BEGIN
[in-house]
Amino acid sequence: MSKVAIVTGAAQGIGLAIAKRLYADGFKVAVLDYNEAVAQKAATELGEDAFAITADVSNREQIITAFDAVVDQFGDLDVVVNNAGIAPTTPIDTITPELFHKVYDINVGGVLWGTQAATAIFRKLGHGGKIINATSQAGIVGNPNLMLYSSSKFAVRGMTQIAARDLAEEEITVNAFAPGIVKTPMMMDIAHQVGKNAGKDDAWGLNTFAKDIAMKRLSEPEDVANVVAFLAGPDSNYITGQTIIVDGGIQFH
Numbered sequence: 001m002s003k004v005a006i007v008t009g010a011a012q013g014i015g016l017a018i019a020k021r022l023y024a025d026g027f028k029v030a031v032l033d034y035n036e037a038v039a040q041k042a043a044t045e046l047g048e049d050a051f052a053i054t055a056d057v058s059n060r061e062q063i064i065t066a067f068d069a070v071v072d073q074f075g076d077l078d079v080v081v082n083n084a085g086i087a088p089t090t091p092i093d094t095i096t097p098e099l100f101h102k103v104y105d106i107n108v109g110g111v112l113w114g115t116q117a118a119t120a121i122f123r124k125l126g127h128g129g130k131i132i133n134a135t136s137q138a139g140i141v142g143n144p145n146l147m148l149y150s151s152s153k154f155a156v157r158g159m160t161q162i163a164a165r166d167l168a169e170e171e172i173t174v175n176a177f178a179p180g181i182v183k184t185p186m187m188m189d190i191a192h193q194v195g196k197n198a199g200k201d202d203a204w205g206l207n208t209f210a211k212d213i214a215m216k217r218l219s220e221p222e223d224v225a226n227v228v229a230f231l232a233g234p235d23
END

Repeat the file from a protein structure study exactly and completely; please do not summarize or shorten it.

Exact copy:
[in-house]
Amino acid sequence: MSKVAIVTGAAQGIGLAIAKRLYADGFKVAVLDYNEAVAQKAATELGEDAFAITADVSNREQIITAFDAVVDQFGDLDVVVNNAGIAPTTPIDTITPELFHKVYDINVGGVLWGTQAATAIFRKLGHGGKIINATSQAGIVGNPNLMLYSSSKFAVRGMTQIAARDLAEEEITVNAFAPGIVKTPMMMDIAHQVGKNAGKDDAWGLNTFAKDIAMKRLSEPEDVANVVAFLAGPDSNYITGQTIIVDGGIQFH
Numbered sequence: 001m002s003k004v005a006i007v008t009g010a011a012q013g014i015g016l017a018i019a020k021r022l023y024a025d026g027f028k029v030a031v032l033d034y035n036e037a038v039a040q041k042a043a044t045e046l047g048e049d050a051f052a053i054t055a056d057v058s059n060r061e062q063i064i065t066a067f068d069a070v071v072d073q074f075g076d077l078d079v080v081v082n083n084a085g086i087a088p089t090t091p092i093d094t095i096t097p098e099l100f101h102k103v104y105d106i107n108v109g110g111v112l113w114g115t116q117a118a119t120a121i122f123r124k125l126g127h128g129g130k131i132i133n134a135t136s137q138a139g140i141v142g143n144p145n146l147m148l149y150s151s152s153k154f155a156v157r158g159m160t161q162i163a164a165r166d167l168a169e170e171e172i173t174v175n176a177f178a179p180g181i182v183k184t185p186m187m188m189d190i191a192h193q194v195g196k197n198a199g200k201d202d203a204w205g206l207n208t209f210a211k212d213i214a215m216k217r218l219s220e221p222e223d224v225a226n227v228v229a230f231l232a233g234p235d23